Detrimental reliance occurs when one party is reasonably induced to rely on a promise made by another party. For a policyholder, the act of investigating a claim may create the appearance that coverage exists in the policy even though it does not. This is why it’s very important for the adjuster to be clear with the policyholder when taking action on a claim.  

Example: If the adjuster gives names to the insured of preferred body shops for repair estimates on a vehicle after a collision loss, and the insured does not have collision coverage on their policy, this could be construed as confirming coverage. This creates detrimental reliance if the insured has a shop begin repairs.

Avoiding Estoppel Situations  

When the insured relies on the coverage implication to their detriment, a situation known as estoppel is created. According to Black’s Law Dictionary, estoppel is: “An affirmative defense alleging good-faith reliance on a misleading representation and an injury or detrimental change in position resulting from that reliance.” Consequently, the insurance company is “estopped” or stopped from enforcing the exclusion and must provide coverage.  

To avoid estoppel in situations where the investigation must be completed prior to determining coverage, one of two processes can be used.  


ROR Letter 

The first process is known as a Reservation of Rights (ROR) Letter. The ROR is a unilateral document, meaning it is only signed by one party: the insurance company. The letter is sent by the insurance company to the policyholder advising them that although there is a question about whether a loss is covered, the insurance company will proceed with the investigation of the claim but reserves its right to deny the claim later.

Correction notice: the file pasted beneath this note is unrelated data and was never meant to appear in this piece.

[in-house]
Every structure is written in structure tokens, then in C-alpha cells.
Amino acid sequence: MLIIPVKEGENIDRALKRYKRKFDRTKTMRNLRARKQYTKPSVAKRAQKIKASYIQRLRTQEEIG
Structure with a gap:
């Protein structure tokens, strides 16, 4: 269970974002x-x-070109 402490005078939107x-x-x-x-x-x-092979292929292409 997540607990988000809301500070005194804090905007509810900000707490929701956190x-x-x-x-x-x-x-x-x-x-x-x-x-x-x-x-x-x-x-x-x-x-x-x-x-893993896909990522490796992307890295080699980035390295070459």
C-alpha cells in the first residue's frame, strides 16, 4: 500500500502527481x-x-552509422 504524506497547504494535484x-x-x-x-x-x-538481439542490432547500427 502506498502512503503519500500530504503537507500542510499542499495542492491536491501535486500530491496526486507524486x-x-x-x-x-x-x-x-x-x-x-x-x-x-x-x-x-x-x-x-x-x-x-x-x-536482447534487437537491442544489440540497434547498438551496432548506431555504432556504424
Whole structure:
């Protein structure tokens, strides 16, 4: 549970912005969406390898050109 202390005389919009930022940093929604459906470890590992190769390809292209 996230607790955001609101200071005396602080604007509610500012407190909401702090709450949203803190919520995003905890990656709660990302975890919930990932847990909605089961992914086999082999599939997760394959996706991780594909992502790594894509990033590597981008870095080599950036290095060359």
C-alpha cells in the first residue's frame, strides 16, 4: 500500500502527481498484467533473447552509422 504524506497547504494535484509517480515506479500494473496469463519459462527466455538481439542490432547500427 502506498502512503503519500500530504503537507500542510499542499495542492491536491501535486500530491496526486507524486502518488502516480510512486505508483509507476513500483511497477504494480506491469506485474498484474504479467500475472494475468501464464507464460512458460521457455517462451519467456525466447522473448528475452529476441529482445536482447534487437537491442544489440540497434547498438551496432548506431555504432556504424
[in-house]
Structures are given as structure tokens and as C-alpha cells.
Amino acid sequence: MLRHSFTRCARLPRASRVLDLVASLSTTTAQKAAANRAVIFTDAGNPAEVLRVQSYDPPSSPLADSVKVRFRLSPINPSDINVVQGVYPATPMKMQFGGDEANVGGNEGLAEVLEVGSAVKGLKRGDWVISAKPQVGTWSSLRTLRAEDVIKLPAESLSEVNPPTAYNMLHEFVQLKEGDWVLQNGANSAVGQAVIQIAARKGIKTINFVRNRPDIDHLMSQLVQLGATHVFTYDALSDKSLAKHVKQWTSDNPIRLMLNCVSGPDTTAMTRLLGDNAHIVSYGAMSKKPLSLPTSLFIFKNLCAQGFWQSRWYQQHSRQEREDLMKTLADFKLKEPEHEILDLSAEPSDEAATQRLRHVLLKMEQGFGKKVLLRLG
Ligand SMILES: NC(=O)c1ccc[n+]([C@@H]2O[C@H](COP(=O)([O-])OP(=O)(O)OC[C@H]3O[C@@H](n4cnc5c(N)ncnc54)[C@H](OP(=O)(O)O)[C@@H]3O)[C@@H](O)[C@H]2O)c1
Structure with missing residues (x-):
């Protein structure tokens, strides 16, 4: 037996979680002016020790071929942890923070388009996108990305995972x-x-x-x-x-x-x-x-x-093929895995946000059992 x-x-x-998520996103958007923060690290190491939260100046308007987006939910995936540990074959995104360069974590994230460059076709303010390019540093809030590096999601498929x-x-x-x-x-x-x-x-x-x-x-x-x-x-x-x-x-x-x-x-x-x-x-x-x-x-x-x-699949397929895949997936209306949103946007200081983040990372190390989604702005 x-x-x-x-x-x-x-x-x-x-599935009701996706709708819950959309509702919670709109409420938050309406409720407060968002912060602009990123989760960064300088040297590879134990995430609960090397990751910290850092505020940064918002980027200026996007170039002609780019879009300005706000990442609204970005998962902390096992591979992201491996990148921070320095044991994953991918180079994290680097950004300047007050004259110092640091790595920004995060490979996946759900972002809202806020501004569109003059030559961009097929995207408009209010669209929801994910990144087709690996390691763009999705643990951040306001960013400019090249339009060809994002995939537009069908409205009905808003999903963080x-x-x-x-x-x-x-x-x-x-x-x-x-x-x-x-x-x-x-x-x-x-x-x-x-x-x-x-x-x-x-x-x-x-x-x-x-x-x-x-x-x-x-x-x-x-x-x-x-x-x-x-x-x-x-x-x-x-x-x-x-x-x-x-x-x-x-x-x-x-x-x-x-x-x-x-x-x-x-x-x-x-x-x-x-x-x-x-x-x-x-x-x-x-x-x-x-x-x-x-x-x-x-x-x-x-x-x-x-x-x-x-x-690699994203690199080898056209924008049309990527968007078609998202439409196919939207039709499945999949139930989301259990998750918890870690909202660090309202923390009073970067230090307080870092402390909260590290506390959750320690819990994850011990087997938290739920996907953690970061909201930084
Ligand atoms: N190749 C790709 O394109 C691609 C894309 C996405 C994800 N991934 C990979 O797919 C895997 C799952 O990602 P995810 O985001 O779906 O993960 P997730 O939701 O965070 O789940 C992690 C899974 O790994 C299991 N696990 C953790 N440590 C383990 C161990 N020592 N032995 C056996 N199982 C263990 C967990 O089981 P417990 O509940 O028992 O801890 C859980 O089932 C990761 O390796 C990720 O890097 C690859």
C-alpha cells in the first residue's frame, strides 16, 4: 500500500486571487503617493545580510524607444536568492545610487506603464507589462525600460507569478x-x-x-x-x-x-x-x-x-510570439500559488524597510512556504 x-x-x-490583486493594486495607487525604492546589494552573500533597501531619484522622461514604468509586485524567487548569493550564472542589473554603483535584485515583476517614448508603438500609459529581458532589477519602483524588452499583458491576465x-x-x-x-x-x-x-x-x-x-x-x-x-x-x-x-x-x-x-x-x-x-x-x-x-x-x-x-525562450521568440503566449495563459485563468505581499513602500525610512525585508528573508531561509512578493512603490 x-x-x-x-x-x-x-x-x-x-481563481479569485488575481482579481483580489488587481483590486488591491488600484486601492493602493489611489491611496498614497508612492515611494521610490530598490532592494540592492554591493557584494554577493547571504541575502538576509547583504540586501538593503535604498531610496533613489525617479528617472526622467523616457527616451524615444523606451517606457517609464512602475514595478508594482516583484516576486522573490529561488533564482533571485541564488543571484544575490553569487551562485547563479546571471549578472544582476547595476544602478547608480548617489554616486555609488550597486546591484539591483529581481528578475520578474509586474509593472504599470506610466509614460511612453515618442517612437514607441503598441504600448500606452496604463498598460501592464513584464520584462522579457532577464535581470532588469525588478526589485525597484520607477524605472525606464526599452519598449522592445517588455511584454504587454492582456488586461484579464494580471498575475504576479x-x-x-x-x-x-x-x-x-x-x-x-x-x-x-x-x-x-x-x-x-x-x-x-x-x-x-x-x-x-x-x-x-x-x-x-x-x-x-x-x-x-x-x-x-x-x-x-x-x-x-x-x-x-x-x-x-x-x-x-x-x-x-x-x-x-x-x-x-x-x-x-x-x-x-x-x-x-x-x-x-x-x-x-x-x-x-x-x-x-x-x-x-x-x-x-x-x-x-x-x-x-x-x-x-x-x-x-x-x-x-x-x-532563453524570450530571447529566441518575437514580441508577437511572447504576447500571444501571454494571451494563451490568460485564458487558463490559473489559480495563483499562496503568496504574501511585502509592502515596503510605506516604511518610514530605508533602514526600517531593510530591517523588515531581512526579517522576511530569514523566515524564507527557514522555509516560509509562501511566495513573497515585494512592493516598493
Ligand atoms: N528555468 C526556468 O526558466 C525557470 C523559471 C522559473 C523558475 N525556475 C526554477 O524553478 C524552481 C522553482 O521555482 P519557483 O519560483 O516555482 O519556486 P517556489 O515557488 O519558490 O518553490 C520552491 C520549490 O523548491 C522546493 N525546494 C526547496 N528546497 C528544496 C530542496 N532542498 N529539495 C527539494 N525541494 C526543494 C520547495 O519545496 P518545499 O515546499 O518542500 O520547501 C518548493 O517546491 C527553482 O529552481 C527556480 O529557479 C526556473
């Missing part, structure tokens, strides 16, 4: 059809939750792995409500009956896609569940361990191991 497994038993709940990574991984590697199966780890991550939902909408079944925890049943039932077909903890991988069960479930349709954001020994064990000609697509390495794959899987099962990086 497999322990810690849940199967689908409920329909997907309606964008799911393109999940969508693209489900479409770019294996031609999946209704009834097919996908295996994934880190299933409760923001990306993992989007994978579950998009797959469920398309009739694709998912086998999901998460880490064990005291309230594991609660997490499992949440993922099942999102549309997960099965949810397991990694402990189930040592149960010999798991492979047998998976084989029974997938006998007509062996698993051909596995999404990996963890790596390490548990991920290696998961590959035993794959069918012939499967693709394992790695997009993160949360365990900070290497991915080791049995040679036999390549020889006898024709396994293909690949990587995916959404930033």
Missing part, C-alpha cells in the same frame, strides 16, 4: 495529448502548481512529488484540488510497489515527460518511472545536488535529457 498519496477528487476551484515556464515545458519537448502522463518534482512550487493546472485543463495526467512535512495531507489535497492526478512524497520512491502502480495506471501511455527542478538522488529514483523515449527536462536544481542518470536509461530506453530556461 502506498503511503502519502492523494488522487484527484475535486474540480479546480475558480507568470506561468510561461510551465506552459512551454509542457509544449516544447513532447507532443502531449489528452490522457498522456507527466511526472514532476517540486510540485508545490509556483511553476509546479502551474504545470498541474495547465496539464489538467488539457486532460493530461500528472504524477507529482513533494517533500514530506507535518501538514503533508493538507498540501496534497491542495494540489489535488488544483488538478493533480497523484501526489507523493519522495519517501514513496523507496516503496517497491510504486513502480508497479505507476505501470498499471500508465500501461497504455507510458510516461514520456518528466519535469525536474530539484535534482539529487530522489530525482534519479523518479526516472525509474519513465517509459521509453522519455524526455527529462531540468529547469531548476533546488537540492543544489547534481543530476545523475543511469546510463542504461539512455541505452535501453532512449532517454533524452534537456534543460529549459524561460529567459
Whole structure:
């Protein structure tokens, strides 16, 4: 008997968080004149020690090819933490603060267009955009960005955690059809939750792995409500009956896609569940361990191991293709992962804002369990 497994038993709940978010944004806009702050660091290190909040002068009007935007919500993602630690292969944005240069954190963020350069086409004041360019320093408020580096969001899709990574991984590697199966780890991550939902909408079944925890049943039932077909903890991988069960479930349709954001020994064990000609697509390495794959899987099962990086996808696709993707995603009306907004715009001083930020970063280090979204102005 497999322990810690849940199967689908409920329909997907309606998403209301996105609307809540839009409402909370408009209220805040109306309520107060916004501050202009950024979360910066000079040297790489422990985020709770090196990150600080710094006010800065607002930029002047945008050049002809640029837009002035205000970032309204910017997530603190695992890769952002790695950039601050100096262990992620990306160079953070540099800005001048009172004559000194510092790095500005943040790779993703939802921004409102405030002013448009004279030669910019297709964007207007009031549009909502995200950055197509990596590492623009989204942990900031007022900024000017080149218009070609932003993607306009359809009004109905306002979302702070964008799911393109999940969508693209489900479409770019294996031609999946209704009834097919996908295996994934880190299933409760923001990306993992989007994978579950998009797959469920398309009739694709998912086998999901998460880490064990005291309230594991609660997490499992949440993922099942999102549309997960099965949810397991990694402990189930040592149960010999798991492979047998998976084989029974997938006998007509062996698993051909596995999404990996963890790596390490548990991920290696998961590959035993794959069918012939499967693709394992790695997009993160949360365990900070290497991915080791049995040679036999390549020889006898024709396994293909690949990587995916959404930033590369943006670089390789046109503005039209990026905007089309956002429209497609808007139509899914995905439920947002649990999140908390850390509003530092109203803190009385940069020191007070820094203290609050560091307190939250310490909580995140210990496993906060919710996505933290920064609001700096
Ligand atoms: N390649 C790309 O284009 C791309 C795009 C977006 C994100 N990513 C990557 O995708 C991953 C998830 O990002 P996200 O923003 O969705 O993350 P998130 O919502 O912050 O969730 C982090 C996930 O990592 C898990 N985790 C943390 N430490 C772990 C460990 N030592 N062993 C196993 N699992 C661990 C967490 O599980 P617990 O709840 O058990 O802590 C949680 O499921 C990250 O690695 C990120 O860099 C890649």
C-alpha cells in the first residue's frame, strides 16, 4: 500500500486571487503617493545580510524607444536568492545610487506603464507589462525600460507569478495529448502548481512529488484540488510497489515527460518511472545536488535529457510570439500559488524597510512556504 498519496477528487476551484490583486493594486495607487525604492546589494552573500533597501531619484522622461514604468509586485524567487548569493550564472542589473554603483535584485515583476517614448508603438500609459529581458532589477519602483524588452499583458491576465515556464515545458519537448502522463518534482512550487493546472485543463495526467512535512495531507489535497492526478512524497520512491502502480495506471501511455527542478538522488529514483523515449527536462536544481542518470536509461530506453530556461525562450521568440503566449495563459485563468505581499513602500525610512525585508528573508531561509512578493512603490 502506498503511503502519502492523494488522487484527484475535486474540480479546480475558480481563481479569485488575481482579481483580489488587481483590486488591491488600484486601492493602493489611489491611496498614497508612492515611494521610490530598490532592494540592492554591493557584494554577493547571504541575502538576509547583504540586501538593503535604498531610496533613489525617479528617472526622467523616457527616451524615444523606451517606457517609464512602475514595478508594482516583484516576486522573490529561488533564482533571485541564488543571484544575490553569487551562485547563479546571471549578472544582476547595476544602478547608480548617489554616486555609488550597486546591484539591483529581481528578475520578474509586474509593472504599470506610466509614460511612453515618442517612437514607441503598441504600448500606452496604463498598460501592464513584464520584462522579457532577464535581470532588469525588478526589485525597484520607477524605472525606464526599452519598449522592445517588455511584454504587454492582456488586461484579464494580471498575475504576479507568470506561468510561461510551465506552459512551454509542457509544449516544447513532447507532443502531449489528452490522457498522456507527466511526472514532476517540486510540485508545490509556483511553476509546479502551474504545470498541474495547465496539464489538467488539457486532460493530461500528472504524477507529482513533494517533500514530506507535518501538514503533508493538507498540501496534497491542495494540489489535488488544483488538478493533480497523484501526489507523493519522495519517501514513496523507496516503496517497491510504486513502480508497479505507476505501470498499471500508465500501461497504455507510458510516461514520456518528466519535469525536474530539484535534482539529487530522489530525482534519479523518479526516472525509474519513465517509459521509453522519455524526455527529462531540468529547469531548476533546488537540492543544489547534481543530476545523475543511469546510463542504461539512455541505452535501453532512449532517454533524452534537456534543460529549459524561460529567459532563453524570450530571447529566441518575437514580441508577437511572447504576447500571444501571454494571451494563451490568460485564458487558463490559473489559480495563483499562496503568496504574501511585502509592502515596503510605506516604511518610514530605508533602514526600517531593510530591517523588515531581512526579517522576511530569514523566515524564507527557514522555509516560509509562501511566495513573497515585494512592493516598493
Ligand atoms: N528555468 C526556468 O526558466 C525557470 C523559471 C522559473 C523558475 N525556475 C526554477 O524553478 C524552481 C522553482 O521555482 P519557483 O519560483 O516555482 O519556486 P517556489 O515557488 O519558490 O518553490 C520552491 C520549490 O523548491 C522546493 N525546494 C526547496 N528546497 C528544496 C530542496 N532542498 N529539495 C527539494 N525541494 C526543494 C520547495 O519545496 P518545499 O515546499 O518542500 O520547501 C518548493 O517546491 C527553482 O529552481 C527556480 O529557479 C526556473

Non-Waiver Agreement  

The second process is known as a non-waiver agreement. This document is bilateral, meaning that it is signed by the insurance company and the insured. It’s a contract or agreement acknowledging that there is a potential issue with coverage, but that the investigation of the claim will proceed while the issue is being resolved. The company reserves the right to later deny coverage. 


Declaratory Judgments  

Sometimes the insurance company will want the court to interpret or clarify policy language prior to making a coverage decision. In this case, the company representatives will request a formal hearing with a judge, allowing the court to give its interpretation. While the court’s decision regarding the clarification stands, it does not provide for or order enforcement of the policy.  

Use of Outside Investigative Sources 

Outside Services  

The investigation process may require resources that involve the services of others. These services may be used to obtain additional information that is needed for the adjuster to make a proper coverage decision. Outside services could include those of private investigators, cause and origin experts, vocational experts, independent medical examiners, forensic accountants, consulting engineers, and accident reconstructionists.  

Impact on Case Reserve  

A case reserve is an estimate of the amount for which a particular claim will ultimately be settled. As the investigation process turns up more details, the case reserve may need to be increased because of the updated information. If required, the use of outside experts will likely come at a cost. These costs must be included in the incurred loss calculation as allocated loss adjustment expense (ALAE) since they can be allocated to a specific claim. 

Once a thorough investigation is conducted, a case report is created. It summarizes the most convincing facts of the case and does not express a viewpoint, simply the facts and findings. In circumstances of disputed facts and doubtful proof, the report is critical since it will enable the insurance company to make a final decision on how to proceed. The process continues to verification, evaluation, and resolution of the claim. 

In conclusion, risk and insurance professionals play a critical role in preventing fraud by conducting thorough claims investigations. By following the framework laid out in this article, insurance professionals can ensure that claims investigations are executed properly, helping to reduce the frequency and impact of insurance fraud, benefitting the industry, protecting policyholders, and keeping insurance premiums affordable for all.  

To learn about all the steps in the claims process and improve the services you provide for your clients, register for an upcoming CIC Insurance Company Operations course